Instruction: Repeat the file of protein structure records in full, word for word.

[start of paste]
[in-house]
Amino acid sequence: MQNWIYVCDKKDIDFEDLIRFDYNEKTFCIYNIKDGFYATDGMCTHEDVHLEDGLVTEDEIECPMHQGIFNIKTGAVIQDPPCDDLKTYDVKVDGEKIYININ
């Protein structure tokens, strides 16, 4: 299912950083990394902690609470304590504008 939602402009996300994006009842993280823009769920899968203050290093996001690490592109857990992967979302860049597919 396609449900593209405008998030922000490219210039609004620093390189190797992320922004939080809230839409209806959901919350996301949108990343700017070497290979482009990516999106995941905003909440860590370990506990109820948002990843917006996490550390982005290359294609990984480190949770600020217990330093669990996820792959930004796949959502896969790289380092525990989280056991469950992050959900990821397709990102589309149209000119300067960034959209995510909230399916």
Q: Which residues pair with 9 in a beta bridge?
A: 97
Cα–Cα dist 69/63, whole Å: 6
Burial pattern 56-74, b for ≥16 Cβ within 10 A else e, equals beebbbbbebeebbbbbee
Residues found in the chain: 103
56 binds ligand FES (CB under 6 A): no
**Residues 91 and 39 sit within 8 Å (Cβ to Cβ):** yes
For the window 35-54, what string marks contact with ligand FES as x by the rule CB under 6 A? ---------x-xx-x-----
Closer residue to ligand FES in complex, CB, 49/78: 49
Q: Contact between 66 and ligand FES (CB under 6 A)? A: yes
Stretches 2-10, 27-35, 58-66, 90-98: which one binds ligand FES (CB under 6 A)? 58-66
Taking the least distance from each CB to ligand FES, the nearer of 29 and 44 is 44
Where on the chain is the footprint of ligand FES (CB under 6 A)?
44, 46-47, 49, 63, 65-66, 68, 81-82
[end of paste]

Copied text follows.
[in-house]
Amino acid sequence: MQNWIYVCDKKDIDFEDLIRFDYNEKTFCIYNIKDGFYATDGMCTHEDVHLEDGLVTEDEIECPMHQGIFNIKTGAVIQDPPCDDLKTYDVKVDGEKIYININ
């Protein structure tokens, strides 16, 4: 299912950083990394902690609470304590504008 939602402009996300994006009842993280823009769920899968203050290093996001690490592109857990992967979302860049597919 396609449900593209405008998030922000490219210039609004620093390189190797992320922004939080809230839409209806959901919350996301949108990343700017070497290979482009990516999106995941905003909440860590370990506990109820948002990843917006996490550390982005290359294609990984480190949770600020217990330093669990996820792959930004796949959502896969790289380092525990989280056991469950992050959900990821397709990102589309149209000119300067960034959209995510909230399916």
Q: Which residues pair with 9 in a beta bridge?
A: 97
Cα–Cα dist 69/63, whole Å: 6
Burial pattern 56-74, b for ≥16 Cβ within 10 A else e, equals beebbbbbebeebbbbbee
Residues found in the chain: 103
56 binds ligand FES (CB under 6 A): no
**Residues 91 and 39 sit within 8 Å (Cβ to Cβ):** yes
For the window 35-54, what string marks contact with ligand FES as x by the rule CB under 6 A? ---------x-xx-x-----
Closer residue to ligand FES in complex, CB, 49/78: 49
Q: Contact between 66 and ligand FES (CB under 6 A)? A: yes
Stretches 2-10, 27-35, 58-66, 90-98: which one binds ligand FES (CB under 6 A)? 58-66
Taking the least distance from each CB to ligand FES, the nearer of 29 and 44 is 44
Where on the chain is the footprint of ligand FES (CB under 6 A)?
44, 46-47, 49, 63, 65-66, 68, 81-82